Dalejský profil National Nature Monument

The Dalejský Profile documents the geological development of the older Palaeozoic formations of the Upper Ordovician, Silurian and Lower Devonian geological periods.
The national nature monument lies in the parishes of Řeporyje, Stodůlky and Holyně on the south-western edge of the city of Prague. The protected area was declared in 1982 on an area of 23.6ha at elevations of 285-345 metres above sea level.
The Dalejský Profile includes the artificially-exposed rocks which were left behind by limestone quarrying in several shelf quarries, which contain a number of significant stratigraphical and palaeontological localities. The abandoned Mušlovka limestone quarry is the most significant of these localities. Limestone from the Kopanina Formation, which was used to make powdered lime, was quarried here until the 1930s. After this quarrying was ended the floor of the quarry was filled with waste materials from other nearby quarries. The Mušlovka quarry (Mussel Quarry) was named by the local people for the quantity of fossils found here and this later became the official name. In the quarry we can see the classical boundary between the limestone positions of the Kopanina and Požáry Formations from the Upper Silurian period. Brownish and greenish strongly calcareous tuffite shales with concretions are exposed in the north-western wall of the quarry and these shales also contain contiguous bodies of firm, fine-grained, dark-grey limestones with pyrites. These are the lower layers of the Kopanina Formation. A massive bench of light-grey biodetritic limestone can be found in the left-hand side of the north-eastern wall of the quarry, with thinly-layered grey limestones with thin lenses of calcareous shales overlaying them. All of these limestones belong to the Kopanina Formation, which contain an abundance of fossils of various kinds of Palaeozoic marine invertebrate fauna, such as cephalopods, molluscs, gastropods, graptolites and brachiopods. The upper sections of the Mušlovka quarry walls are built of dark-grey, thinly platy limestone, with lenses of calcareous shales, which belong to the lower part of the Požáry Formation from the uppermost Silurian.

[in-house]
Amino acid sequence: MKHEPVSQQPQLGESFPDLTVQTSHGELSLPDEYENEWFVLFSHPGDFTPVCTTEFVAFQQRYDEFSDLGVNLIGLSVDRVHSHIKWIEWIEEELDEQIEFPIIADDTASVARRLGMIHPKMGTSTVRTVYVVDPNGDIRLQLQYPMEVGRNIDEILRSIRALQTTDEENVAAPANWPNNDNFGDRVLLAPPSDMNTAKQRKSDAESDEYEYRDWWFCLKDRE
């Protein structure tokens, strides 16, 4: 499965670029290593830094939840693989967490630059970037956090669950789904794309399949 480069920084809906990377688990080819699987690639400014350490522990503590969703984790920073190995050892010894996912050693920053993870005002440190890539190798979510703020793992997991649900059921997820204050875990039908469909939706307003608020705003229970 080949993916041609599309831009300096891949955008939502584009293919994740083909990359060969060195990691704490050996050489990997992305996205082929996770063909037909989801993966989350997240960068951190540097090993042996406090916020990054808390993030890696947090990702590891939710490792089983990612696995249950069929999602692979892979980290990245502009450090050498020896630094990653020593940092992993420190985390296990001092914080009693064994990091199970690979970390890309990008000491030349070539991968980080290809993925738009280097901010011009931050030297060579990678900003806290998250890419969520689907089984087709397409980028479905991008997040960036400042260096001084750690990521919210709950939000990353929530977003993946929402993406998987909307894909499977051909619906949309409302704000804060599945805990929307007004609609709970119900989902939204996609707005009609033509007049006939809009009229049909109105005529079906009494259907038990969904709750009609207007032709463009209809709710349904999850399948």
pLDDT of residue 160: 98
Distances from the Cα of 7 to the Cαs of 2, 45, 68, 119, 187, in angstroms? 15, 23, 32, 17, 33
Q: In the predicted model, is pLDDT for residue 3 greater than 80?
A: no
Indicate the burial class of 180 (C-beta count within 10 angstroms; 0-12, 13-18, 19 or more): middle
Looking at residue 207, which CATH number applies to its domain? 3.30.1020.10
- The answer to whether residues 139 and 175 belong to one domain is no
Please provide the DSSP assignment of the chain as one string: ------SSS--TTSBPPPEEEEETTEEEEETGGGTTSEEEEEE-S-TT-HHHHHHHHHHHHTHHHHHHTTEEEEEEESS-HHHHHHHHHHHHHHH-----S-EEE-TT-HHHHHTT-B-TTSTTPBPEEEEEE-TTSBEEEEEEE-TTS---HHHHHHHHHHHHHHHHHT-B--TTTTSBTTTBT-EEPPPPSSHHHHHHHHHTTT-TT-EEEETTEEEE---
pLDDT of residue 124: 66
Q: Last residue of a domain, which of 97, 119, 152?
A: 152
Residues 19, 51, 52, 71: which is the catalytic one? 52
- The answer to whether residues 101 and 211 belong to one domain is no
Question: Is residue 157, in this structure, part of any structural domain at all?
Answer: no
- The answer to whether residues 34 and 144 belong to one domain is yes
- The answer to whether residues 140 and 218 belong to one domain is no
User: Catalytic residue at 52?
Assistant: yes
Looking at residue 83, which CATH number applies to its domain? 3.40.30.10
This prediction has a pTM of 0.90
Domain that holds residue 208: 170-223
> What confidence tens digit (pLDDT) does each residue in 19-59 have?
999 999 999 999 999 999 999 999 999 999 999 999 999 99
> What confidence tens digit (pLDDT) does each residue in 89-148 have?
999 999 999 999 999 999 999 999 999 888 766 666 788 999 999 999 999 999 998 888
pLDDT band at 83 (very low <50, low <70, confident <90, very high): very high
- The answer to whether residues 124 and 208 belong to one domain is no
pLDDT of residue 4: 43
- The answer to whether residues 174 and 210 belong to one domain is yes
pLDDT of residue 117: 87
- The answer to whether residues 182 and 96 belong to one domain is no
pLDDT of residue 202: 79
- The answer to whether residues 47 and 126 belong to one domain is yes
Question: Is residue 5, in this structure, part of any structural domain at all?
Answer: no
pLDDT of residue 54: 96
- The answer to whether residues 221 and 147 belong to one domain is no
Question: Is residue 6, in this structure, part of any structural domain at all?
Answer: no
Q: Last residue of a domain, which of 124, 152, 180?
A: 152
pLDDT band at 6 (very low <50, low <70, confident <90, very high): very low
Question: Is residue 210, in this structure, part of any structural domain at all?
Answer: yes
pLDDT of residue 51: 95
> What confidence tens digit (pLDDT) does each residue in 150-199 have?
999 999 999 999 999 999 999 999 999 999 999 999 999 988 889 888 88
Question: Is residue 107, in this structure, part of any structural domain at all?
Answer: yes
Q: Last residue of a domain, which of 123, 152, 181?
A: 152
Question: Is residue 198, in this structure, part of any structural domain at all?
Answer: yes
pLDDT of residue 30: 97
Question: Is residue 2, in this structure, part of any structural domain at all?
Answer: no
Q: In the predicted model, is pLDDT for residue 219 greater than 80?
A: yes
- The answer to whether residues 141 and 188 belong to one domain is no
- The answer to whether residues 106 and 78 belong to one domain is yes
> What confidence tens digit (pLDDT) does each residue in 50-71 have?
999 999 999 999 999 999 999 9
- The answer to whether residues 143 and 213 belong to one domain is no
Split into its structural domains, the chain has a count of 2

The so-called „Lobolite Cliff“, which is the western wall of the Černý lom – Black Quarry is another significant palaeontological locality within Dalejský profil NNM. The upper positions of the Požáry Strata are exposed here. However, these layers are strongly disturbed and crumbling as a result of weathering and have a secondary yellowish and rusty colouring. This cliff is famous for the quantity of extremely well-preserved remains of sea lilies (Crinoidea), especially their stems, ball-shaped flotation chambers – known as lobolites and occasionally their crowns, which have been uncovered here.
Dalejský profil NNM is not only of stratigraphical and paleontological importance but also for its rare and unusual flora. Xerophilous and thermophilous rocky steppe biotopes can be found on and around the limestone and diabase outcrops with the critically endangered early star of Bethlehem (Gagea bohemica) and earth-star fungus Geastrum pouzarii. Unfortunately, most of the territory is overgrown by false acacias (Robinia pseudoacacia) and Austrian pines (Pinus nigra).
To maintain access to the geological profiles and to support the rocky steppe biotopes it is necessary to remove woody growths regularly from parts of the Dalejský Profile, especially in the Mušlovka and Černý lom quarries.